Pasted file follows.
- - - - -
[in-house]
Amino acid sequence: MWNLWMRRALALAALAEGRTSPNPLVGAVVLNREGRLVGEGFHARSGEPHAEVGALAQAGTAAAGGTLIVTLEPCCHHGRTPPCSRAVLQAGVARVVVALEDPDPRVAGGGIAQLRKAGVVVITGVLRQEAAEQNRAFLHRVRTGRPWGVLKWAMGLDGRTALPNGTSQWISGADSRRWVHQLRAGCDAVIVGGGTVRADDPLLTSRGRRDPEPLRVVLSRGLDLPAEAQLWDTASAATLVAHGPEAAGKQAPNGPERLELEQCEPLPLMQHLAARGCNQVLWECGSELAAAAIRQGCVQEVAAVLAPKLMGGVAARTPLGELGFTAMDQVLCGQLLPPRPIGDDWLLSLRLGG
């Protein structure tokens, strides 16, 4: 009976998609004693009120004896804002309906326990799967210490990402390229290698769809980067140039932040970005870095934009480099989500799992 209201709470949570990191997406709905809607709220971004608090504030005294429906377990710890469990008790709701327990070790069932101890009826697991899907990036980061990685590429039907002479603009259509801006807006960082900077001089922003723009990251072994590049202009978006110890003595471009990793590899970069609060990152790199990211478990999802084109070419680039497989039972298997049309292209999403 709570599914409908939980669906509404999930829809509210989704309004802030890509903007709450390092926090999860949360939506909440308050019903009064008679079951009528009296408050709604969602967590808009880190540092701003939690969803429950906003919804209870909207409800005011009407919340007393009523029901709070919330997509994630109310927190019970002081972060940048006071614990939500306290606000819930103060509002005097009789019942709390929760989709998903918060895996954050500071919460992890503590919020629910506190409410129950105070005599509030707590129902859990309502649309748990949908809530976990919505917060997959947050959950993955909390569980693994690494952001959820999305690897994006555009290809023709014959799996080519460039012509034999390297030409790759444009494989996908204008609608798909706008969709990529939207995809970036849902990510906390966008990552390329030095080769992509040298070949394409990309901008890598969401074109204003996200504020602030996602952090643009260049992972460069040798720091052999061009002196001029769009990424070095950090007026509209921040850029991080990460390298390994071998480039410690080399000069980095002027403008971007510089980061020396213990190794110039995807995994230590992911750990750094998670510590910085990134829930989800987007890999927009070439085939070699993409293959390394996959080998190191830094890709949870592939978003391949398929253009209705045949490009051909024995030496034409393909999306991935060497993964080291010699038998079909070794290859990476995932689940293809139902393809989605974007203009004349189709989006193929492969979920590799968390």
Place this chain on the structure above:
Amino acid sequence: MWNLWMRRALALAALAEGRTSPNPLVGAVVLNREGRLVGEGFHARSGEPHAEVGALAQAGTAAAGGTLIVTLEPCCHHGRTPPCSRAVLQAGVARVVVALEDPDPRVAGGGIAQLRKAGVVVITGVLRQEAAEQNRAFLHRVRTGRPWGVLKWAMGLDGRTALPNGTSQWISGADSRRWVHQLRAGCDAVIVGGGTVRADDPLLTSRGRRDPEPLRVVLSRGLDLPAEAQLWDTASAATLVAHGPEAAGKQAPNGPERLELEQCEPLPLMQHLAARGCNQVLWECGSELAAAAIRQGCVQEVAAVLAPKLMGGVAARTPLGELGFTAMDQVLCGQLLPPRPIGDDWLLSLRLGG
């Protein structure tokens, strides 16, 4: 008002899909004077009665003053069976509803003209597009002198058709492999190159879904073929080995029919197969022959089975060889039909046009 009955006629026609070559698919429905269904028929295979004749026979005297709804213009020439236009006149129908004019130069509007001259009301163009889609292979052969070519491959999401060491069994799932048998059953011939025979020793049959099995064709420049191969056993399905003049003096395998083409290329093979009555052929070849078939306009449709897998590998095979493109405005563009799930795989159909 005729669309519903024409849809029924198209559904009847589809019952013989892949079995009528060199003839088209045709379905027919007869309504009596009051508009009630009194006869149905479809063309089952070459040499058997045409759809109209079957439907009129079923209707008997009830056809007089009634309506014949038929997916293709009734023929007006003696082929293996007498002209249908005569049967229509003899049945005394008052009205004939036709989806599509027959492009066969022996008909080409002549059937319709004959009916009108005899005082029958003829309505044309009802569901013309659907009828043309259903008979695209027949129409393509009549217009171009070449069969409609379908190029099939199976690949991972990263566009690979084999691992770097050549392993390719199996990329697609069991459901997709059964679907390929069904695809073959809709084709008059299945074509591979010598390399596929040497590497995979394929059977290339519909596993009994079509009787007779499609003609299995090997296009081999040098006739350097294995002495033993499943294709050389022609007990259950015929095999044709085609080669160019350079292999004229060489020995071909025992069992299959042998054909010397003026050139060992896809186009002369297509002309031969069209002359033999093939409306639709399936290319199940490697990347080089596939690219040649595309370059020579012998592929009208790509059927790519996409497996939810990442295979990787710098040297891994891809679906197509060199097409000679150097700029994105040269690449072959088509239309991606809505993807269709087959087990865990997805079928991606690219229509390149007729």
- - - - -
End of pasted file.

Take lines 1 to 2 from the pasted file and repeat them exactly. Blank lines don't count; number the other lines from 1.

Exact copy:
[in-house]
Amino acid sequence: MWNLWMRRALALAALAEGRTSPNPLVGAVVLNREGRLVGEGFHARSGEPHAEVGALAQAGTAAAGGTLIVTLEPCCHHGRTPPCSRAVLQAGVARVVVALEDPDPRVAGGGIAQLRKAGVVVITGVLRQEAAEQNRAFLHRVRTGRPWGVLKWAMGLDGRTALPNGTSQWISGADSRRWVHQLRAGCDAVIVGGGTVRADDPLLTSRGRRDPEPLRVVLSRGLDLPAEAQLWDTASAATLVAHGPEAAGKQAPNGPERLELEQCEPLPLMQHLAARGCNQVLWECGSELAAAAIRQGCVQEVAAVLAPKLMGGVAARTPLGELGFTAMDQVLCGQLLPPRPIGDDWLLSLRLGG